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Cereal rye and winter wheat are two of the most commonly used cover crops for corn and soybean growers, but there are some alternative cover crops with a lot of potential for helping improve soil health and cash crop yield. Esther Duraraj, research agronomist with the Michael Fields Agricultural Institute in East Troy, Wis., has been working on trials involving less common cover crops, including buckwheat, sunn hemp and cowpeas
One alternative cover crop that could have some serious upsides in terms of combating weeds and increasing biomass is buckwheat.
“It is a pretty sensitive crop, but it grows very quickly and will help prevent erosion, compete with annual perennial weeds, and it’s typically ready for incorporation in 35 days,” Durairaj says. “It also produces the highest biomass within 35-45 days, so the recommendation is to terminate the cover crop within 7-10 days after flowering because we don’t want to let it go to seed.”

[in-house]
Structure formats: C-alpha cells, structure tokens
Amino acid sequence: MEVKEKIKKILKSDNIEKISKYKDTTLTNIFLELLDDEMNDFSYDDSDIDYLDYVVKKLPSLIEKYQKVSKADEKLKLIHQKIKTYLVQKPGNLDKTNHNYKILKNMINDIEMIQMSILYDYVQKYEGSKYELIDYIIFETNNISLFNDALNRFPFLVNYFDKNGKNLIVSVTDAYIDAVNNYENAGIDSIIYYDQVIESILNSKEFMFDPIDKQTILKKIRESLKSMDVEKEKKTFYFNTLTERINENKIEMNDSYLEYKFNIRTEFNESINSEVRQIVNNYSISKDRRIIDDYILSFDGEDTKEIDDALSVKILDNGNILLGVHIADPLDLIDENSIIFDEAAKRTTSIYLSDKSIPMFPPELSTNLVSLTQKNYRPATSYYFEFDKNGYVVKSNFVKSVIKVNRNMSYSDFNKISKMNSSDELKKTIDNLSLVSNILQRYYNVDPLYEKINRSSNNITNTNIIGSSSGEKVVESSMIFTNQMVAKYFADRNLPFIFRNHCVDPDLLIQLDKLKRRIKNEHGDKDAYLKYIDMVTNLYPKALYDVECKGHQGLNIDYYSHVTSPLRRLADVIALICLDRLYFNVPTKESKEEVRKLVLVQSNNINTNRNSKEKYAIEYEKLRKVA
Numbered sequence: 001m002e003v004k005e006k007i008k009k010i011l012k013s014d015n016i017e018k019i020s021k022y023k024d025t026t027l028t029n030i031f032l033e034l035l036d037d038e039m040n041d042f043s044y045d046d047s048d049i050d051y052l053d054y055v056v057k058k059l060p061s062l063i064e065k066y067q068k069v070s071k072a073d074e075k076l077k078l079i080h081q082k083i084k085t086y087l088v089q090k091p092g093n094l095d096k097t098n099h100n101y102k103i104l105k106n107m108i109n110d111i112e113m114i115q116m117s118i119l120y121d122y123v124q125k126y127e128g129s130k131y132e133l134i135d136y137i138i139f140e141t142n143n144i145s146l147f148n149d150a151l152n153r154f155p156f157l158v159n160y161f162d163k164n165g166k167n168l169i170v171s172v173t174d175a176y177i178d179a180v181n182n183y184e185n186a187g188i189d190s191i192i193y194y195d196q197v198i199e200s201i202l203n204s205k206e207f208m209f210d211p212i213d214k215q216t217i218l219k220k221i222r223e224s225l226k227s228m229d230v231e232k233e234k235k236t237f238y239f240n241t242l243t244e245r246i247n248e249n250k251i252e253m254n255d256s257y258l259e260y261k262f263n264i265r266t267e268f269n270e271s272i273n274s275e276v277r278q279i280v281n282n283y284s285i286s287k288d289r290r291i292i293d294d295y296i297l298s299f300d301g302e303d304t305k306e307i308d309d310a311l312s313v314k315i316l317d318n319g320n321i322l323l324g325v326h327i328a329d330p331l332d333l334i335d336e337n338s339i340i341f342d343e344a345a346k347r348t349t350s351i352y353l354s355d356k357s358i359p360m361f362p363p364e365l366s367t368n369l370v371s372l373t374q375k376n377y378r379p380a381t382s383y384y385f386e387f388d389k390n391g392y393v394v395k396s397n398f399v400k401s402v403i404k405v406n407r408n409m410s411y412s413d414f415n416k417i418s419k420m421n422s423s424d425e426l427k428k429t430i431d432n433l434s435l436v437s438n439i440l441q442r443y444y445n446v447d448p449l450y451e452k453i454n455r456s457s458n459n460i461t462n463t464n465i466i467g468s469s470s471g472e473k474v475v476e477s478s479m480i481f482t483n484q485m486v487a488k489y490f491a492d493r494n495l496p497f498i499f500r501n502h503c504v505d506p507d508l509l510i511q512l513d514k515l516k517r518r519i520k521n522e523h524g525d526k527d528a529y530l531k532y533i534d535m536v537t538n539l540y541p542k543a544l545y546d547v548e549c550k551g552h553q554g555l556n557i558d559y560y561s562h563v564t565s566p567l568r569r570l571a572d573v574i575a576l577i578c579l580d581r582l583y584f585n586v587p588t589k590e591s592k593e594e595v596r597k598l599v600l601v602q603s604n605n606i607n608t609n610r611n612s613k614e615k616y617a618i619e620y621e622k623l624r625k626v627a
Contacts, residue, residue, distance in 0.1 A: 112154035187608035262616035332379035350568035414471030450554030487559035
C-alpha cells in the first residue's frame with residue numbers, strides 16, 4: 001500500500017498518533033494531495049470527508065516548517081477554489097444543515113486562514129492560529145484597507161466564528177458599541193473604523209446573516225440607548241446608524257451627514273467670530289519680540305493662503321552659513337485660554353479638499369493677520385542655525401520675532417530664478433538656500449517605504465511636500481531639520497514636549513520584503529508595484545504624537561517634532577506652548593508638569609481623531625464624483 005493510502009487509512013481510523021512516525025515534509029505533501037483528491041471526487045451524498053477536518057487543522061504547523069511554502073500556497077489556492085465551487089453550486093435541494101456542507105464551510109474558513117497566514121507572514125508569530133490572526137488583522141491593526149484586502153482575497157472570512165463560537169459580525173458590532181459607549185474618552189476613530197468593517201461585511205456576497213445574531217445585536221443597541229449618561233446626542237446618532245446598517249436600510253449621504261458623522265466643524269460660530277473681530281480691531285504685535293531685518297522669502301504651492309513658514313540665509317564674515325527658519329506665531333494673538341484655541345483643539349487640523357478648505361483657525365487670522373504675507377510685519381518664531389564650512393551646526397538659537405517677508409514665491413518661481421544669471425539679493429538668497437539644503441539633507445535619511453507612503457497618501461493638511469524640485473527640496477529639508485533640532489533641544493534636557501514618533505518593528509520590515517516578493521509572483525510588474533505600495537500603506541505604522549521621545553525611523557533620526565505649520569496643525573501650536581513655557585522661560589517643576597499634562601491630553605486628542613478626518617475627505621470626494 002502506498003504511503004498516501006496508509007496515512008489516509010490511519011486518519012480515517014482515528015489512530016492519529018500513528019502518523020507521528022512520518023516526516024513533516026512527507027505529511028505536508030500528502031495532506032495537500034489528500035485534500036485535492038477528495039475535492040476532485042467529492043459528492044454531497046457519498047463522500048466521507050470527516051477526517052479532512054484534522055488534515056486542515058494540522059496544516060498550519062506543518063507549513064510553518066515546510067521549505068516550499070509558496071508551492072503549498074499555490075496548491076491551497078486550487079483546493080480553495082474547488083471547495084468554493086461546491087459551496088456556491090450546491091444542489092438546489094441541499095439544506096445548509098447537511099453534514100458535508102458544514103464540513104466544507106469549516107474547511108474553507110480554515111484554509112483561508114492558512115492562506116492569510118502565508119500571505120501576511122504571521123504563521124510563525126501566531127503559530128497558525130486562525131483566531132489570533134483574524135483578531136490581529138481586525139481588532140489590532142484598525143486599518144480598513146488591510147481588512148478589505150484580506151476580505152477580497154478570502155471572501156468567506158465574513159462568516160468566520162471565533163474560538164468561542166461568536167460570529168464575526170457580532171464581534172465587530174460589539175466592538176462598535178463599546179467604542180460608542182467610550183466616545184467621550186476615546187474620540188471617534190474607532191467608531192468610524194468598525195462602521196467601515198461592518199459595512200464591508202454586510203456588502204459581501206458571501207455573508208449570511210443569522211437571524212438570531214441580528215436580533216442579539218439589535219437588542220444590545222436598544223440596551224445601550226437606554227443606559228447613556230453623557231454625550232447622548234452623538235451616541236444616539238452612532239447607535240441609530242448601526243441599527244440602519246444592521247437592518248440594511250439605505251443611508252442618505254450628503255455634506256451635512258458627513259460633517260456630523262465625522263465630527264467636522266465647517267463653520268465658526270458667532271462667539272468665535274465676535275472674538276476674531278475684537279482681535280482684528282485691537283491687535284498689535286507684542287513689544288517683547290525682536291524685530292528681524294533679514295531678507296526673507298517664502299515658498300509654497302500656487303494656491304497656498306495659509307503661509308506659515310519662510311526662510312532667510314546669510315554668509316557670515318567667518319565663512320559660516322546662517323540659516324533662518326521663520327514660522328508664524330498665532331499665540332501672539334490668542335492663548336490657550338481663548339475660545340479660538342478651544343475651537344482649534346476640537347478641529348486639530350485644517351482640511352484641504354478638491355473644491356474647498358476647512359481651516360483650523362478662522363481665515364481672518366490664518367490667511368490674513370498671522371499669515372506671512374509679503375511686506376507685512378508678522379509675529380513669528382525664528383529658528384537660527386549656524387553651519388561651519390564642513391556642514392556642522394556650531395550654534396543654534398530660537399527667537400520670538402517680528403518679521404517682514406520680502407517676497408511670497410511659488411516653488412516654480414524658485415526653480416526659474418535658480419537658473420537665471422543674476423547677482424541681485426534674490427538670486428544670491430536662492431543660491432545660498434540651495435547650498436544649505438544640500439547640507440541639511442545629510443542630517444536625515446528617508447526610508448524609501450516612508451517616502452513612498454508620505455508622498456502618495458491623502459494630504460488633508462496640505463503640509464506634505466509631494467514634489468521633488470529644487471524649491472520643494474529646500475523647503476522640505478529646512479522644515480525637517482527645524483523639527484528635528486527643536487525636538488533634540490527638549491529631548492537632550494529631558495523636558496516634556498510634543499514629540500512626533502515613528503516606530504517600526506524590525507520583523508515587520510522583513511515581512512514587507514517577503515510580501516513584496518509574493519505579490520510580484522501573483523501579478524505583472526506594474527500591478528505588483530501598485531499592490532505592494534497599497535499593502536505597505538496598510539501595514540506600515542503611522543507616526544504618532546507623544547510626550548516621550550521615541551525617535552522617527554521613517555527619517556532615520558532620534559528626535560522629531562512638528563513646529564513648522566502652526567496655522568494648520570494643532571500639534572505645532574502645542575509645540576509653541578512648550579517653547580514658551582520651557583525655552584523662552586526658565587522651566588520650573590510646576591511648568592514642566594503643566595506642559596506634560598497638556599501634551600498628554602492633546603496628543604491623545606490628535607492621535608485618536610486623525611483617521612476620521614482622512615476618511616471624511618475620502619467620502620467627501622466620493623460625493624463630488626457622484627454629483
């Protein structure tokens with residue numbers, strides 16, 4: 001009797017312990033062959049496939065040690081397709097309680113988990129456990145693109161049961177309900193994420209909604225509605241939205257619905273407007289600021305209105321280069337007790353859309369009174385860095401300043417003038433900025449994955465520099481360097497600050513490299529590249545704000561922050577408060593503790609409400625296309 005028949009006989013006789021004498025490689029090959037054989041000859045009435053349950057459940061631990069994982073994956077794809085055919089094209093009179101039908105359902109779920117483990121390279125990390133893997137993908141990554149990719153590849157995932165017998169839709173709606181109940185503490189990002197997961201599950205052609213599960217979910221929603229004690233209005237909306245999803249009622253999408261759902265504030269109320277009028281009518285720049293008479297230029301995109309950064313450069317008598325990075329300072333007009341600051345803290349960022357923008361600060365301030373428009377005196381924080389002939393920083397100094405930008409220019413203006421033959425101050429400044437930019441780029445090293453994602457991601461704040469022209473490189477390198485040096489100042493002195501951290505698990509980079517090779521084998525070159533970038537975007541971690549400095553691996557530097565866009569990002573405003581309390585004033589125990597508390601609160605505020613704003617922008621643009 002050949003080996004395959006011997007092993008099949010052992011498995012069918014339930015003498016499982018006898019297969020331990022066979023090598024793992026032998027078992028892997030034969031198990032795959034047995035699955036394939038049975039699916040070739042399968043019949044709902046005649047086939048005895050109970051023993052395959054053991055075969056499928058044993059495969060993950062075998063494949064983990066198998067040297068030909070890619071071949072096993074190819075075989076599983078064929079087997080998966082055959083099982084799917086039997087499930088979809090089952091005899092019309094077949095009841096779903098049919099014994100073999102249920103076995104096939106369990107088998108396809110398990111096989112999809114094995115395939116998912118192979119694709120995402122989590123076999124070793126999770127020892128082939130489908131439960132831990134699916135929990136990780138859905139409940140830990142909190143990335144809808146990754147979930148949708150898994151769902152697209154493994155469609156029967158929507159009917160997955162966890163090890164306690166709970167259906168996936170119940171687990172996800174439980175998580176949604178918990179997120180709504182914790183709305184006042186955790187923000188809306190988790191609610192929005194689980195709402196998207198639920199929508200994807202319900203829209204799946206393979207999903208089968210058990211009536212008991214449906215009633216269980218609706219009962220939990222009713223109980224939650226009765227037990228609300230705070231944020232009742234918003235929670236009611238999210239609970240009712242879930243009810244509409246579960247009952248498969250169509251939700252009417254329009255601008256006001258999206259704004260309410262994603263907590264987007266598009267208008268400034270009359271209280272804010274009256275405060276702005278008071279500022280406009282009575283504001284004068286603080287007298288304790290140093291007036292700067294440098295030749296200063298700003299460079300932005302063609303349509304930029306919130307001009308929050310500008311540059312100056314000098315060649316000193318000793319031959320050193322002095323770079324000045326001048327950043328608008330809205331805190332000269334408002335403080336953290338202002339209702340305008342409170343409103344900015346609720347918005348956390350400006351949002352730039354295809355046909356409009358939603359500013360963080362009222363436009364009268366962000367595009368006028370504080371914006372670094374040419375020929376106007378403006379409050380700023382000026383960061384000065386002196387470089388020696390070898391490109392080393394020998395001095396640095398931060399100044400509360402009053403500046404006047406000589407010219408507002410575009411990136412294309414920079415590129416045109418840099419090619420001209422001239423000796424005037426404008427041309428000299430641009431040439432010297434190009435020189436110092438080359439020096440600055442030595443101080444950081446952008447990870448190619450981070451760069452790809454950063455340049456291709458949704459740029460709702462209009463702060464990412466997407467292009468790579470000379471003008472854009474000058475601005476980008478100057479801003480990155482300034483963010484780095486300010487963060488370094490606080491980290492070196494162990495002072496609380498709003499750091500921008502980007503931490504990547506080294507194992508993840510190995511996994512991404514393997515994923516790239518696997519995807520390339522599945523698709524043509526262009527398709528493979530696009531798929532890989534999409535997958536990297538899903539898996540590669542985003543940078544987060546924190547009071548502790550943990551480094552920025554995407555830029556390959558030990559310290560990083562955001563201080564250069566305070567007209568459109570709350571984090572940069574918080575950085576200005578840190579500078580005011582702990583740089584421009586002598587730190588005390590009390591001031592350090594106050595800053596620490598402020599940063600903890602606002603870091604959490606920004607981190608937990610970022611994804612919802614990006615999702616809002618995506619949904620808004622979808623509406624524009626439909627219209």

Durairaj says some growers will terminate buckwheat and then grow another crop of it a couple times during a season to maintain good weed control and continue to increase biomass.
“Honey bees and bumble bees also love this crop,” Durairaj says. “So if you want to help provide flowers for them and continue to have natural activities going on in your fields, it’s a great cover crop.”
This cover crop species is a legume and has the ability to fix between 100-150 pounds of nitrogen (N) per acre.
“The important thing is…